CHARLESTON, W.Va. -- West Virginia University could be the first higher education institution in the state to create a department with a full-time staff dedicated to its Lesbian, Gay, Bisexual, Transgender and Questioning community.
WVU President Jim Clements mentioned the proposed LGBTQ initiative in his State of the University address on Monday, as part of the university's push toward more diversity and inclusiveness.
The Office of LGBTQ Programs would develop outreach initiatives; build coalitions; provide academic and curricular support; and serve as "the hub of the social, intellectual and physical community" for LGBTQ people, according to a draft of the proposal released last week.
The office would require a full-time director with a suggested salary of at least $70,000 and a program coordinator with a salary of at least $35,000, in addition to other staff and resources, according to the proposal.
Brian Jara, co-chairman of the task force heading the proposed LGBTQ Office, and a professor of women's and gender studies at WVU, said while the school has had a gay advocacy presence on campus for years, it's not enough.
"The bottom line is, in most spaces around campus and the community, our students don't feel it's as fully inclusive and safe as it should be. They feel excluded, they feel invisible, they feel unsafe, and they know that there's no official capacity -- no office to go to and no person whose job is to confront those concerns. There are people who do it because they care, but there's no institutional buy-in," Jara said. "For more than 25 years, there have been people on this campus who are concerned and have tried to help ... but they do that in addition to their official jobs."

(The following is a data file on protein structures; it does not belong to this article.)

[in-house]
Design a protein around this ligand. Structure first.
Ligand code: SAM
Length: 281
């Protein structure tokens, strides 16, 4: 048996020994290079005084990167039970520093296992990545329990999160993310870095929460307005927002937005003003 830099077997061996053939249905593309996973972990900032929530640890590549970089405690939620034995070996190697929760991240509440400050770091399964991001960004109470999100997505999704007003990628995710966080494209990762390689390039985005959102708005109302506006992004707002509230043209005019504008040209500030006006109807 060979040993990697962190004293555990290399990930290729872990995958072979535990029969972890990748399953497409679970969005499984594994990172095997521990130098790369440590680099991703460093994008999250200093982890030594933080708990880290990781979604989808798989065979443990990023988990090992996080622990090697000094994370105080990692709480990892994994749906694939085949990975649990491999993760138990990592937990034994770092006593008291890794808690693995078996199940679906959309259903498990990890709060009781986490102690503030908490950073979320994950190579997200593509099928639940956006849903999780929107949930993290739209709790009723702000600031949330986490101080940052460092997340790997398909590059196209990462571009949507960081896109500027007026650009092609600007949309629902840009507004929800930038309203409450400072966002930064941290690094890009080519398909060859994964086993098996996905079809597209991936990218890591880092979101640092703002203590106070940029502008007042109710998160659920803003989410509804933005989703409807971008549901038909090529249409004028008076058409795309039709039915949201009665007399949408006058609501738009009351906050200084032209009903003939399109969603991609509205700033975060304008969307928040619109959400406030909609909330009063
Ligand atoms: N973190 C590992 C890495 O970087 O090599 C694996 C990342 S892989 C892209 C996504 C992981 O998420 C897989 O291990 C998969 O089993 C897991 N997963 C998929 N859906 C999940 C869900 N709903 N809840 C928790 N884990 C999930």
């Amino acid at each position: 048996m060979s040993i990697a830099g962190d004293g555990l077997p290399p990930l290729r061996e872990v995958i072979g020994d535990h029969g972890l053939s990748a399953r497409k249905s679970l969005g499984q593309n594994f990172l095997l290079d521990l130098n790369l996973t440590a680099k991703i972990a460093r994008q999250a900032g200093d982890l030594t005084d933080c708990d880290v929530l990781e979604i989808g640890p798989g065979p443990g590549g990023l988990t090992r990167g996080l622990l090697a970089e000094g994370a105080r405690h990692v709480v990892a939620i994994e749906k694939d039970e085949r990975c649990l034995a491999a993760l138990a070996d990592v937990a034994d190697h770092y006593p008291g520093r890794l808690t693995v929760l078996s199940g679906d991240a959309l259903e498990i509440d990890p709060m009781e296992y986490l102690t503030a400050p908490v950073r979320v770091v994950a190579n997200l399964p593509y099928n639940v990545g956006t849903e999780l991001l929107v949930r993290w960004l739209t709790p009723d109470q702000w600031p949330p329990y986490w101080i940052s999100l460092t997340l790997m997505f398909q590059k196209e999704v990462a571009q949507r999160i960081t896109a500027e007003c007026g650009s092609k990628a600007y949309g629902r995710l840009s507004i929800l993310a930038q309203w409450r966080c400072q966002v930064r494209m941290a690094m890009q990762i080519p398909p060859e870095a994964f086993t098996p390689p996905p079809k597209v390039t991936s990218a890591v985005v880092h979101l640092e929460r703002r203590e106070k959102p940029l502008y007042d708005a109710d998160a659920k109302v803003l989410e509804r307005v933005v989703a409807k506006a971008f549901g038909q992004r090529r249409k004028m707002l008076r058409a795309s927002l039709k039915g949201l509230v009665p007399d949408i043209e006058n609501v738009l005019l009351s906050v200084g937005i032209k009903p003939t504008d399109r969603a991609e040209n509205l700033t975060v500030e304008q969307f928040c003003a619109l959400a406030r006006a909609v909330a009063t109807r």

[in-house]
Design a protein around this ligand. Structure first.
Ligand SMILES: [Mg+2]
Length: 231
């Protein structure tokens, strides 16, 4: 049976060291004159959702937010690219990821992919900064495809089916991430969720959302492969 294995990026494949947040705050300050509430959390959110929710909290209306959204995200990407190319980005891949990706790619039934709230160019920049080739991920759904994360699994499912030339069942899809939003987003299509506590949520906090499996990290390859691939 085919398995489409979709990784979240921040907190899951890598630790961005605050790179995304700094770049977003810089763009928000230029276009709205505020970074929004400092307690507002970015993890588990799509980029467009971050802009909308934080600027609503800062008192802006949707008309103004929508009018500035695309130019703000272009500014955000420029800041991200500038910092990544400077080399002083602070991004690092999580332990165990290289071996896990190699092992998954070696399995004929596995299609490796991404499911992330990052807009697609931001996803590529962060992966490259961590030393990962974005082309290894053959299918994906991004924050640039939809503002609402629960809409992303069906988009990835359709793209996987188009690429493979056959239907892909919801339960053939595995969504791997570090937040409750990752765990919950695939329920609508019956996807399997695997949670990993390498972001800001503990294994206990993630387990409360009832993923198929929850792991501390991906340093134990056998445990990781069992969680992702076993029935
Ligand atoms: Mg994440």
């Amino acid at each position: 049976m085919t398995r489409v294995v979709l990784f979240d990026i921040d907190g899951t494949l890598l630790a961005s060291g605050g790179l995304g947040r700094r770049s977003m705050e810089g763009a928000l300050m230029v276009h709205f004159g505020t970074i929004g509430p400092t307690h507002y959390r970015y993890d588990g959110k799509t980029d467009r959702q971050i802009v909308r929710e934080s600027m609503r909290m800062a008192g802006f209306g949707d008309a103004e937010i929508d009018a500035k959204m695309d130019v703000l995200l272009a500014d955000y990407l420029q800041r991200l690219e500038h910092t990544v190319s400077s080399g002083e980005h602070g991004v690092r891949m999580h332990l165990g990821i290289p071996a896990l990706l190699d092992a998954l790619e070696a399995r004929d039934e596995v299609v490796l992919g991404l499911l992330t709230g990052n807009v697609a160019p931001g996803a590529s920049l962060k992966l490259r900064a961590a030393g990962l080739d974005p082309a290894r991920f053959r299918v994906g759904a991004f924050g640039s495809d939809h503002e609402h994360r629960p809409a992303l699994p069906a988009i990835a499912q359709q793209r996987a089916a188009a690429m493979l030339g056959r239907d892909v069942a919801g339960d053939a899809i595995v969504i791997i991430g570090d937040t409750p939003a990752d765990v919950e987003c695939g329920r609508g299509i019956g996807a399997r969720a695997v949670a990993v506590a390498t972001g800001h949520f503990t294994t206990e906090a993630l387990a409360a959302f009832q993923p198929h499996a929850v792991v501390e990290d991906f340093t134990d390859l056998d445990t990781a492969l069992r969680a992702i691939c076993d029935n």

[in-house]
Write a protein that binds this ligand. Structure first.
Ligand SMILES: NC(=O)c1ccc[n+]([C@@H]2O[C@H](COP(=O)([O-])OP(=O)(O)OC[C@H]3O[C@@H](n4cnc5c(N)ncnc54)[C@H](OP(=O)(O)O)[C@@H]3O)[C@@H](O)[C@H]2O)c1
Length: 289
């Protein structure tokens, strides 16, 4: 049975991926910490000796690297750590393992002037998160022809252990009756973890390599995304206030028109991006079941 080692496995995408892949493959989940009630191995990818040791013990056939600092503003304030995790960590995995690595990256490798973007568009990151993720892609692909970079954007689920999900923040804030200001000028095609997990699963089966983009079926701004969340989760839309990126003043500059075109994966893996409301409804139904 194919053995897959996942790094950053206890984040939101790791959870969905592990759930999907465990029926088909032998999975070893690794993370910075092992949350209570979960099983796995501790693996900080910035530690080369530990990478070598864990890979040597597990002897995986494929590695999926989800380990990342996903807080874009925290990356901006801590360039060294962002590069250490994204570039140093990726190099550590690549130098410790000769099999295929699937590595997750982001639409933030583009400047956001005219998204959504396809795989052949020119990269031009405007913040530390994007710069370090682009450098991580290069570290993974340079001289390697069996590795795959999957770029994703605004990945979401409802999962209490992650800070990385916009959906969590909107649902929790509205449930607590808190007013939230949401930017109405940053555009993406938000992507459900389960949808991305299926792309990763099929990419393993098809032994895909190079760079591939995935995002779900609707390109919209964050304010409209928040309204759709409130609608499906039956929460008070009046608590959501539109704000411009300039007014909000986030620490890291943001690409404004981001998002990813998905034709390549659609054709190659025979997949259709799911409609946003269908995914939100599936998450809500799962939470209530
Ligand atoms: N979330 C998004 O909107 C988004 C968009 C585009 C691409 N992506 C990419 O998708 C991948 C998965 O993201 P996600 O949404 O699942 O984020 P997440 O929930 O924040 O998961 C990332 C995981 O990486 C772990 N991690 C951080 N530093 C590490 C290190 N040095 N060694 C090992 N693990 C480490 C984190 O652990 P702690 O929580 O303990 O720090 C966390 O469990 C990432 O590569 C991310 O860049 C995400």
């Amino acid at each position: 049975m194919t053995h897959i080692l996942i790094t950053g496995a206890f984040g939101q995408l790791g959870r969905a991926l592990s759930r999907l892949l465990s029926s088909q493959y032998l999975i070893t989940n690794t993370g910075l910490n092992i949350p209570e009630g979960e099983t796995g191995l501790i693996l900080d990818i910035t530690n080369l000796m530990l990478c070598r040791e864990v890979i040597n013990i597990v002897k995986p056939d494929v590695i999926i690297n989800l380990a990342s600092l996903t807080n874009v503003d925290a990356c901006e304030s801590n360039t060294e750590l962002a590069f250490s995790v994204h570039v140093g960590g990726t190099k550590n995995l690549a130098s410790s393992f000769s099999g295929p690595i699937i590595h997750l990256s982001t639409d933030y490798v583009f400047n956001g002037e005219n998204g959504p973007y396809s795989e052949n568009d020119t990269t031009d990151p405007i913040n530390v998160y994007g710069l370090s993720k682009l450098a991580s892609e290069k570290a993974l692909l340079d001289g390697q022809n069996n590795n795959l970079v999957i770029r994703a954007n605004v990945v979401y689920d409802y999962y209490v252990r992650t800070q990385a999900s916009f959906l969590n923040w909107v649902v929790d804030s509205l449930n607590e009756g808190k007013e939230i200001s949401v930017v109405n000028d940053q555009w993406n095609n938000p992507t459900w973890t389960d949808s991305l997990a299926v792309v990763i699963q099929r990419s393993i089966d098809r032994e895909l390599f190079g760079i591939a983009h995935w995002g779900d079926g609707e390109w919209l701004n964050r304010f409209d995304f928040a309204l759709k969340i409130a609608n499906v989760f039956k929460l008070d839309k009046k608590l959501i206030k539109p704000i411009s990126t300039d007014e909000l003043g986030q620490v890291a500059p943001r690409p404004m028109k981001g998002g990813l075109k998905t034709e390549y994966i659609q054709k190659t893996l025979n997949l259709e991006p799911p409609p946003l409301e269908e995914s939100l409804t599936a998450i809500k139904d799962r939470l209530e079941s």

The timing for the initiative may not be ideal.
On Monday, Clements addressed the university's budget concerns, saying despite the loss of $13 million in state funding this year, WVU still aims to give employees raises, and will focus on improving technology and facilities.
"A lot of parts of the university would love for it to happen as soon as possible. But given the state budget, the big question would be if the university thinks it's important, and if they do, they need to find out how to make it happen," Jara said.
WVU Chief Diversity Officer David Fryson said that the initiative is merely a proposal for now, with no set deadline or designated funding.
"Right now anything that deals with the budget is very closely considered because of our budgetary situation. At this point, it's just a proposal being put together by the community," Fryson said. "It's a work in progress, and we do think that there is a new found energy toward it as part of our overall diversity goals, so we're very happy to have this conversation."
At Marshall University, a graduate assistant oversees an extension of the Office of Multicultural Affairs to offer LGBTQ support, and at West Virginia State University, a volunteer staff member oversees a student-led group.
According to the Campus Pride Index, a national listing of LGBTQ-friendly colleges, WVU scored 1.5 stars out of 5. Colleges receive one star solely for completing a survey.